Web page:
Are racinos a better bet than electronic pulltabs?

Author:
Updated:
Original:

Rep. Tom Hackbarth, R-Cedar, says slot machines at the state's two horse-racing tracks -- Canterbury Park in Shakopee and Running Aces in Columbus -- is a simple way to raise revenue and solve the state's funding issues for the new Vikings stadium, the Star Tribune reports.

However, Canterbury Park won't likely support the idea after it made a deal with Mystic Lakes Casino last summer to drop its push for a racino.

"It's not taxpayer dollars, it's voluntary contributions to folks that want to go and play slot machines," Hackbarth told the newspaper. "It was a great idea as long as I've carried this bill ... I still think it's a good idea."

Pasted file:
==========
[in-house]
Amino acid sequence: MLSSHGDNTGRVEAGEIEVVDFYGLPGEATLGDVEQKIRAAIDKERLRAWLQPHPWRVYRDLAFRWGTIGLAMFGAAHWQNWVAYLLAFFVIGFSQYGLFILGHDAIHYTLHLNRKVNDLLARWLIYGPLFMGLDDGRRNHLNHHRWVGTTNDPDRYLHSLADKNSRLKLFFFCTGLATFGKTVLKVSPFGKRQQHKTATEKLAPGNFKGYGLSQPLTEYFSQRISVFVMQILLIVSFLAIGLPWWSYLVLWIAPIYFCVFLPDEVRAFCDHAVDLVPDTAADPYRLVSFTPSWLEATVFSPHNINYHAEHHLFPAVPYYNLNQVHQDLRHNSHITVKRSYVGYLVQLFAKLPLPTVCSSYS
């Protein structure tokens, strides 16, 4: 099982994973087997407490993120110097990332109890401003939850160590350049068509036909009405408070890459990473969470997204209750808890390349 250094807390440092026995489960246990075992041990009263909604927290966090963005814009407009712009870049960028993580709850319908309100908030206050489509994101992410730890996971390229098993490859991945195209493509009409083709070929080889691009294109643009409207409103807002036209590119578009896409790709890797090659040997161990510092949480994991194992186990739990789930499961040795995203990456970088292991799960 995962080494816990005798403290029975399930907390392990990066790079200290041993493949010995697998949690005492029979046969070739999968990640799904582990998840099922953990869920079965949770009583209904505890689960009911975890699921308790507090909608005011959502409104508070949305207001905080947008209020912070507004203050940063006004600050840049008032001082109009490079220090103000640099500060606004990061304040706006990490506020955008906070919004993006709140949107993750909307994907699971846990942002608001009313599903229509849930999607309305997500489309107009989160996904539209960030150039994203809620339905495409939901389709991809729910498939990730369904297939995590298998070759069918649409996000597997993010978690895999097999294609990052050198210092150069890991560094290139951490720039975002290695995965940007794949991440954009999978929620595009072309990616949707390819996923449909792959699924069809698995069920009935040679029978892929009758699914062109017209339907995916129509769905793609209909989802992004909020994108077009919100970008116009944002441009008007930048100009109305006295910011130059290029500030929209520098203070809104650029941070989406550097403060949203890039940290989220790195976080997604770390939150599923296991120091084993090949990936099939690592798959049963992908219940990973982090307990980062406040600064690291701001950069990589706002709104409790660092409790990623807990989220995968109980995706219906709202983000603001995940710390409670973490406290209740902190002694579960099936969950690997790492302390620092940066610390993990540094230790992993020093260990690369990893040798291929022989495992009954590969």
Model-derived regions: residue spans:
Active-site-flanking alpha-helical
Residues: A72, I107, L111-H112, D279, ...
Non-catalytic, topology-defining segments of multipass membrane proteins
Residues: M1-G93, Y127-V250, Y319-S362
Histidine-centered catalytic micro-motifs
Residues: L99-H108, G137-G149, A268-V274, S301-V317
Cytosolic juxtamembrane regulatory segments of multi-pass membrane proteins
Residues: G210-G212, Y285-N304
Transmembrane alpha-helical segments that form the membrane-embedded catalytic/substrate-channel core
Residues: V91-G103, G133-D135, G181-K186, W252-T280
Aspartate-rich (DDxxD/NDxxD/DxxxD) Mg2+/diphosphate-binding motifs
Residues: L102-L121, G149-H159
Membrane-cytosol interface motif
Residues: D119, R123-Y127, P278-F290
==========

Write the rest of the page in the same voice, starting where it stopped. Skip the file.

He predicts the state would collect more than $100 million in annual revenue if both horse tracks had racinos.

Electronic pulltabs, the primary source of revenue for the state’s $348 million contribution for the stadium, continue to fall well below original projections.

Minnesota Public Radio says the games took in a record $2.4 million in March, but still well short of the projected $35 million by the end of 2013.

The daily average sales per machine fell to a new record low of just $87, according to data from the Minnesota Gambling Control Board.

WCCO's Pat Kessler says Gov. Mark Dayton is open to alternative funding options.

Last week, state Sen. Sean Nienow said he wants plans to break ground on the new Vikings stadium put on hold until financing issues are resolved.

Next Up

Related